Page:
25 year Environment Strategy – What does this mean for woodlands?

The government has recently issued its 25 year environment strategy.  A weighty tome, the plan sets out plans across a range of government spheres of influence; land use, landscape protection, health and wellbeing, resource efficiency, marine conservation and the global environment.  Importantly, the document is a strategy for the whole of government, not just the Environment Department (Defra), as shown by the Prime Minister’s Foreword.

The Forestry sector as a whole has welcomed the plan, due to the fact that it appears to give a higher profile to forestry and woodland management.  The aspect that caught most attention in the press was of course the Northern Forest.  This proposal is very ambitious (as well as being unfunded), and there is much detail to be fleshed out.  However, it might offer opportunities for woodland owners in the areas between Leeds to Liverpool, so it will be worth becoming involved.  We will be hearing more about the plans at the Community Forest event in March and so will be able to update members in the next available newsletter.  The plan offered support for community forests in general, so there may be new life for woodlands around the larger cities across the Midlands and the South, in addition to the Northern Forest.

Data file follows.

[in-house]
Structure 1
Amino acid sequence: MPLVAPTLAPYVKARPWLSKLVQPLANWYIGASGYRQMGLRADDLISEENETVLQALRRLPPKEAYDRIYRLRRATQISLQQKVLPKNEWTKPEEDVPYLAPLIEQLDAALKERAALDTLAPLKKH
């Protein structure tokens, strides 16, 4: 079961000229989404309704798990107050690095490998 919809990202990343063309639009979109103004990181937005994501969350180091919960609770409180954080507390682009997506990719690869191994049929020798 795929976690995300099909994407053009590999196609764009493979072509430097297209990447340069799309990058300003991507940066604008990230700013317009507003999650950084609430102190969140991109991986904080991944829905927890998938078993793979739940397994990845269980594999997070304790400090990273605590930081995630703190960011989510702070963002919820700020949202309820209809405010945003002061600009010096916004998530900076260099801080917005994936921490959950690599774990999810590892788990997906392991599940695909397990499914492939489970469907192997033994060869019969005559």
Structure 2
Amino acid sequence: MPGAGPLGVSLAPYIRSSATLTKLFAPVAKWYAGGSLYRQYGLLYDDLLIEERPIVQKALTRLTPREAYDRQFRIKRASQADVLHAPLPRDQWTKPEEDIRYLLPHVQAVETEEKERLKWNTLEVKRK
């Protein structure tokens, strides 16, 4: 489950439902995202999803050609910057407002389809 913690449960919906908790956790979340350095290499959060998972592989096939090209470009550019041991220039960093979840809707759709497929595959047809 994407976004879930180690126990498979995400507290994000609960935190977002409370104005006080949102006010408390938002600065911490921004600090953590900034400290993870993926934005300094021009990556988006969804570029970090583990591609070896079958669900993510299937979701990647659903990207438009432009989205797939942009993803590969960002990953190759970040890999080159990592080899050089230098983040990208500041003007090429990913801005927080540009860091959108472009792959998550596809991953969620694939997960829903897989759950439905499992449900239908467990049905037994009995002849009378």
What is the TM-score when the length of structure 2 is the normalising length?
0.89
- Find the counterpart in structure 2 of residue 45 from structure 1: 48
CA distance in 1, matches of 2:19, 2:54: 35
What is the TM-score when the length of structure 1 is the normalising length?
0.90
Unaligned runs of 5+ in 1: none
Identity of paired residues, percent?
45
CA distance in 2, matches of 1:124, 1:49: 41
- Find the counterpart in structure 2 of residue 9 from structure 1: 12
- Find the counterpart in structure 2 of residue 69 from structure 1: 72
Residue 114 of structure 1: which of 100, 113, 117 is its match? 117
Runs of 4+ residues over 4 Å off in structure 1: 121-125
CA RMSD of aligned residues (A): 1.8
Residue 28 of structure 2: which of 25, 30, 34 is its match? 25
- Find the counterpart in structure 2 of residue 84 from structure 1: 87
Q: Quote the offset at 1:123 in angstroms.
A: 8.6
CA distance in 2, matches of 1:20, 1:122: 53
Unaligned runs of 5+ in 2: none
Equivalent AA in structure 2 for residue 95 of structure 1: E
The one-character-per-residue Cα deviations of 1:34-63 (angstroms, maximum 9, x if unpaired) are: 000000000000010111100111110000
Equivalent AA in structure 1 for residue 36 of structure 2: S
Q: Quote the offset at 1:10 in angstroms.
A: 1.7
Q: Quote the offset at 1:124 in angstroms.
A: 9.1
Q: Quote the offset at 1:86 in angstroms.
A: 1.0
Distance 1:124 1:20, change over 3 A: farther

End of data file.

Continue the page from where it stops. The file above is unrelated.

Two other aspects of the plan that we will be watching very closely are the new woodland creation scheme and the Tree Champion.  The strategy commits Defra to a new woodland creation scheme – we would urge government to give the management of woodlands equal importance.  There is little point in an increase in tree planting, if they simply become the abandoned woodlands of tomorrow.  In another Innovation, a National Tree Champion is proposed to encourage joined up thinking, so will presumably seek to work across government, engaging departments on tree and forestry issues.  An early area with which the Tree Champion should get involved would be the planning issues being raised by Neil Parrish currently in the House of Commons, on behalf of Small Woods members.  Unlike some other organisations in the sector, we do not believe this role necessarily needs to be carried out by a forester, what is needed is a first class advocate who knows how to develop influence across government.

Overall, the plan sets out a direction for Multiple Objective Forestry – which is very much in line with Small Woods thinking – as we believe that all woodlands do and can play a number of functions, for environment, economy and people.  To see woods simply in terms of their final crop value is to miss 90% of their real value.  There is much to be welcomed in the new strategy, and we look forward to working with Defra and others to realise its ambitions.